As part of the larger university effort to plan for the possible arrival and containment of the coronavirus COVID-19, Miami University researchers are urged to consider the impact physical absences from campus might have on their work. (H/T to Case Western Reserve University, who allowed us to adapt their information for use at Miami.)
Among the scenarios to consider are the following:
- Two-week self-isolation of PI
- Two-week self-isolation of one or more research staff
- Period of remote work for all faculty and staff, lasting 2-6 weeks
- Partial shutdown of university operations, lasting 2-6 weeks
To plan for the possibility of any of the above scenarios, please think through your answers to the following questions and take appropriate steps to mitigate the potential impact to your research.
- Do you have any studies involving participants, animals, ingredients, or experiments that would be adversely affected? If so, what plans can you put in place to: 1) allow those studies or experiments to continue or 2) mitigate the effects of pausing those studies or experiments and resume them later?
- What notice will you need to give sponsors or regulators if research is paused or delayed beyond a two-week period?
- Do you have standing purchasing orders that would need to be modified?
- Are there human resources issues that would need to be addressed?
- Would there be an impact on your collection, analysis, or storage of data?
- Do you have regulatory approvals in place that might expire during a potential interruption to normal operations? Can these approvals be renewed early?
- Do you have collaborators who will need to be notified of any interruptions to normal operations?
- Will any reports be due to sponsors during a potential interruption to normal operations?
- Would the interruption to normal operations warrant a no-cost extension for any of your sponsored projects?
- What costs would be incurred in implementing various mitigation plans?
Human subjects research
- Does your protocol require in-person participation or treatment? If so, can it be modified for remote participation?
- Does your protocol require in-person monitoring? If so, can it be modified for remote monitoring?
- Would your data or results be affected if your participants had to self-isolate or if they contracted COVID-19?
- Should your participants be screened for COVID-19 as part of your inclusion/exclusion criteria?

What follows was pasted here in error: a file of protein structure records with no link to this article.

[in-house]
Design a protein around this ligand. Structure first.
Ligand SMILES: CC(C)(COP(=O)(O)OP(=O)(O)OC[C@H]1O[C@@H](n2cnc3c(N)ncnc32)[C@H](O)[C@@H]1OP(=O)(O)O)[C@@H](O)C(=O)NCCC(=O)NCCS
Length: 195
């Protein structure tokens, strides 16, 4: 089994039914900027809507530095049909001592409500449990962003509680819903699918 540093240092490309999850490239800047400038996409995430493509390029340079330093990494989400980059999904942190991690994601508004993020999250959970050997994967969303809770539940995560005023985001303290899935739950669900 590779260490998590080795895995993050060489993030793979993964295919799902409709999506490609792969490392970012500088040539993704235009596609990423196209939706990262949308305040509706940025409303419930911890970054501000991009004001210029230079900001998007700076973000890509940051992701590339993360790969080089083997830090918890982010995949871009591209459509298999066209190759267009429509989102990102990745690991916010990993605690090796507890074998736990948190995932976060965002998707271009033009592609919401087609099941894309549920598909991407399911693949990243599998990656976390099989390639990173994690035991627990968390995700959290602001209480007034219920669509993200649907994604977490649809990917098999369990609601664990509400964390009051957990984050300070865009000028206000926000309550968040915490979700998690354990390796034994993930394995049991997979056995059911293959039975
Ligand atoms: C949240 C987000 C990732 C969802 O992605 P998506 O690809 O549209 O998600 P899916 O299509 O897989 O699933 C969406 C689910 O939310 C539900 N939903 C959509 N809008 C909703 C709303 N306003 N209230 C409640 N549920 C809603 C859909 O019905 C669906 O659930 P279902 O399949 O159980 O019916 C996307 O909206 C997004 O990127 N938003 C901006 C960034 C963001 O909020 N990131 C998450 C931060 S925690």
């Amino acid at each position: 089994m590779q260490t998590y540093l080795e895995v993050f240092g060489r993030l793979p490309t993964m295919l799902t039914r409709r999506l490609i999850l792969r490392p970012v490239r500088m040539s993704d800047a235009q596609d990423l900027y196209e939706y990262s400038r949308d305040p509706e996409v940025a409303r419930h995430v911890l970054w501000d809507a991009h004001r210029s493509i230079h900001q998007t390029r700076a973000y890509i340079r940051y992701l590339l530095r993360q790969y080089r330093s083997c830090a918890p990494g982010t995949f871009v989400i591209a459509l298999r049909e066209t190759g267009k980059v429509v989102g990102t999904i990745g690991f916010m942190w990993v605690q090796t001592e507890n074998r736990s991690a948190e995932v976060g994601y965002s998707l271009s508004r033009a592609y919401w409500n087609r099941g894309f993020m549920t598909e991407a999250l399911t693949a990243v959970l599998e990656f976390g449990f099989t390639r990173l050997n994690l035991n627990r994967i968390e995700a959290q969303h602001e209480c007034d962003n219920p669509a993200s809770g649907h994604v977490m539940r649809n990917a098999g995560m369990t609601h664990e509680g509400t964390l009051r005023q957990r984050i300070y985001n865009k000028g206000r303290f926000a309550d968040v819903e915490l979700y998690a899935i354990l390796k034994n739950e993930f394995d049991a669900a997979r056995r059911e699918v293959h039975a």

- Will the location of your study remain open and available to participants?
- Has the location of your study implemented any prevention procedures that will affect participation in your study or affect the ability of your study to proceed?
- Any modifications made to protocols need to be submitted to the IRB for approval prior to implementation. You should also consider whether such modifications also need to be reported in ClinicalTrials.gov.
Environmental health and safety
- Do you have lab staff with unique knowledge? If so, is it possible to cross-train other staff?
- Does your lab operate machines that use active cooling through liquid gasses, dry boxes, or inert boxes using gas blankets? What would happen if materials like liquid gasses, CO2, nitrogen, or dry ice become unavailable?
- How frequently are you saving or freezing samples of cell cultures? Do you have long-term experiments that might benefit from more frequent preservation?
- Do you have the requisite local knowledge to do controlled shutdowns of complex machines or devices, such as NMRs, without on-site help from the vendor?
- Have you shared the locations and amounts of materials that are air-, water-, or otherwise-unstable with the following for observation in case of lab closure:
- Your department chair
- Environmental Health & Safety
- Research & Innovation COVID-19 webpage
- Miami University COVID-19 announcements and resources
- National Science Foundation (NSF) Coronavirus information webpage
- National Institutes of Health (NIH) guidance on travel and meetings
- OMB memorandum on administrative relief for recipients and applicants of federal financial assistance directly impacted by the novel coronavirus COVID-19
Please note that as of now, Research & Innovation and all its sub-units are operating as usual. Should Miami University enact optional or mandatory remote work, we will keep our research community informed about subsequent effects on our operations.
Updated 03/12/2020 at 11:59am to replace link to NSF “Dear Colleague” letter with link to webpage with comprehensive information about NSF’s response to coronavirus.
COVID-19 images by U.S. Army and Centers for Disease Control and Prevention (CDC).